Allow us to introduce Jeni Mistry, a female engineer at SRP.
Sunday, June 23, marks International Women in Engineering Day, or INWED. This annual event was started by the UK-based Women’s Engineering Society (WES) and is recognized globally as a day to raise the profile of female engineers and provide opportunities for girls to engage in STEM as part of their education. To celebrate, we’ve interviewed one of SRP’s brilliant female engineers about her journey.
“There is a need to focus on women in engineering. The numbers are getting better but they’re not there yet.”-Jeni Mistry, as we discuss the purpose of her interview.
Jeni Mistry is a Principal Engineer in Transmission and Generation Operations. She has been with SRP for 14 years and has accomplished much, including receiving two high-performance awards for work during her tenure.
Being a female engineer at SRP: a story of success
But Jeni’s story began well before she joined SRP. She is originally from India, where she earned an engineering degree focused on instrumentation and controls. Jeni’s first internship was at a power plant, and that is where her interest in power systems was ignited and a career path was set forth.
“It’s been almost 17 years since I came to the U.S.,” she says. “When I got here, I wanted to continue to work in that field but with a broader perspective. So I attended ASU and earned an electrical engineering degree focused on power systems.”
You read that right – Jeni has two engineering degrees. And while she will tell you that earning two degrees was one of her biggest career challenges, she will also say it was a great learning opportunity and a chance to meet new people. She’ll also tell you that passion, ultimately, is what kept her going then and continues to do so today.
“I’m very passionate about what I do – I love what I do. It’s the satisfaction that drives me. That I’m contributing to the field that I enjoy working in.”
Where the SRP journey began
It was while she was at ASU that Jeni began an internship with SRP. After completing her degree, she was hired on full time. Since then, she has held several engineering roles ranging from design and planning to operations, which, she explains, broadened her horizons.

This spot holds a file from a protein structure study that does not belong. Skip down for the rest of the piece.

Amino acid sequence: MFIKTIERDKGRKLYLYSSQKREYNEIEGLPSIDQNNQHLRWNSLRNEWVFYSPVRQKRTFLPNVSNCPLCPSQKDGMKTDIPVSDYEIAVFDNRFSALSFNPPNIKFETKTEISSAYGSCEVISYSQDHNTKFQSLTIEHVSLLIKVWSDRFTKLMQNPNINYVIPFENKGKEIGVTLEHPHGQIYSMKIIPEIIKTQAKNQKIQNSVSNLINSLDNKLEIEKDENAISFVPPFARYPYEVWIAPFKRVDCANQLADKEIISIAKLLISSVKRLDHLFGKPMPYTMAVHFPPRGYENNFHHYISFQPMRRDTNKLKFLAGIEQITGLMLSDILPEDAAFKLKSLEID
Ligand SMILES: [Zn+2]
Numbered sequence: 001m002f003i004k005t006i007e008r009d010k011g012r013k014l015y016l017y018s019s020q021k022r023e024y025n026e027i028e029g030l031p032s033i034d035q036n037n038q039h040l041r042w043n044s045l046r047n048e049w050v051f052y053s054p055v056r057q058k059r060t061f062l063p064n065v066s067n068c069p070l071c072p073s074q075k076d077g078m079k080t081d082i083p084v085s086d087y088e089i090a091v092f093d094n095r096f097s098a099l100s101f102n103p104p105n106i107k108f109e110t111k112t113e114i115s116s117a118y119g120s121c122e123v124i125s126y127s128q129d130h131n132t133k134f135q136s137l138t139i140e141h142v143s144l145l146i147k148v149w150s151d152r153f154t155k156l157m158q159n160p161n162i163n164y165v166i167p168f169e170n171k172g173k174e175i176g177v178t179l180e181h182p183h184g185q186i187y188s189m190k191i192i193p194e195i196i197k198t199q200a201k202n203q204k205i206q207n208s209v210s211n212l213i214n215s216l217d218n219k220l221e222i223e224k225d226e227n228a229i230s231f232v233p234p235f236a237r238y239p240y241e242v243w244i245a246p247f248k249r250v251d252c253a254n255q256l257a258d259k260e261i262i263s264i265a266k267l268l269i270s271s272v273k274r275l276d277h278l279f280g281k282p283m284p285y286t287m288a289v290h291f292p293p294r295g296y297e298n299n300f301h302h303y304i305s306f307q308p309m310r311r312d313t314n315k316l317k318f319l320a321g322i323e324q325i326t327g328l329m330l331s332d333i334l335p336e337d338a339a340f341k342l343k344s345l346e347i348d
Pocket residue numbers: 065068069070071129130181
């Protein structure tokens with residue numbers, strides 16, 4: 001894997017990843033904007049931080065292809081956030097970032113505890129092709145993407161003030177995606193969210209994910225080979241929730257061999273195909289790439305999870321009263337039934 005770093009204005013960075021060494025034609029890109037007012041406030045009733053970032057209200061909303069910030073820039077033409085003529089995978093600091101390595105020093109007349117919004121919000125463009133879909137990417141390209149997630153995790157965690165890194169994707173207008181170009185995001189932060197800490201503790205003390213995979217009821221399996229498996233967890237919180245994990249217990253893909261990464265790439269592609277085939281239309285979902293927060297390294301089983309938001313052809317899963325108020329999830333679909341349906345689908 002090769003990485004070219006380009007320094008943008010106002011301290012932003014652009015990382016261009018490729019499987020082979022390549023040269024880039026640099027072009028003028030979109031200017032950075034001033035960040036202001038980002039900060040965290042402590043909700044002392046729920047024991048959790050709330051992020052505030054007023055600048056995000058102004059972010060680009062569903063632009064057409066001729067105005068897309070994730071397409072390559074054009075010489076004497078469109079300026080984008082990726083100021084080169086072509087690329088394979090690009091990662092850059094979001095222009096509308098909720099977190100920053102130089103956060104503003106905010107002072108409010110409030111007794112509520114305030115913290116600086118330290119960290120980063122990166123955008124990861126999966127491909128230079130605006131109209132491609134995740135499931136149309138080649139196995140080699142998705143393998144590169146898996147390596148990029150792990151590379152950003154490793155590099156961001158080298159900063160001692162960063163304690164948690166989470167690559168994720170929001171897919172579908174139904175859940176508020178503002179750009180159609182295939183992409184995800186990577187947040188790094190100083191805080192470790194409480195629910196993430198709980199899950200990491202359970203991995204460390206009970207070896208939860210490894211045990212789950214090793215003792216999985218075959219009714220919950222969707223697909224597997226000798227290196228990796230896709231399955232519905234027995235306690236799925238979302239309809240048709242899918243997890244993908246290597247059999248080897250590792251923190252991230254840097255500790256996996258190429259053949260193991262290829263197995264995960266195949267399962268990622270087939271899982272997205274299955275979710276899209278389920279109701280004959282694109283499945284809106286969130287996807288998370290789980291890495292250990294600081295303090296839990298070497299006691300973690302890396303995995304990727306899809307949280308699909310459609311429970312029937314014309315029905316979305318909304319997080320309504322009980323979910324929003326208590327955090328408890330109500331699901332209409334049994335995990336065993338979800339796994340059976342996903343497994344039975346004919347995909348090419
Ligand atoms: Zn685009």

“While working at SRP, I was lucky to have received several opportunities from upper management to contribute on high-profile projects. They have chosen me several times and recognized my effort, providing opportunities to grow within the organization.”
Inspiring the future
Today, Jeni is able to help pass those opportunities to the next generation as a mother to an 18-month-old child. She draws inspiration as a parent from her own upbringing.
“My dad is my role model,” she says. “We were homeschooled, and his interests were in math and science, so as a kid, I loved math and science. I’ve always dreamed of being an engineer.”
The importance of encouraging young girls to aspire to roles in engineering is a big part of why SRP invests in STEM/STEAM (Science, Technology, Engineering, Arts, Math) education. For example, in 2019 alone, SRP selected 33 Arizona schools to receive nearly $150,000 in total grant funds as part of its Classroom Connections program.
Jeni also shares her advice for young people
“I would say to all the women pursuing this path that there are lots of opportunities in engineering. Not just power systems. When you get into the workforce, be willing and open to learn. Be willing to inquire, grow and even fail. If you don’t challenge yourself, you will never know your potential, so go for it!”
She hopes that in the future there are more women in lead engineering roles. To reach that goal, she urges other parents to get their daughters out there and encourage them to find out what they’re interested in and recognize their potential. She stresses the importance of not letting implicit bias about who can be an engineer get in the way.
Jeni has advice for women in the industry now, too.
“You will succeed if you have a growth mindset,” she explains.
“If there’s an opportunity out there, take it!” she says. “SRP has a great mentorship program. I’ve also informally mentored women within my department and take pride in how they excel in their careers. We also have a rotation program; the young people come in and they soak in information. We’re providing opportunities for the future.”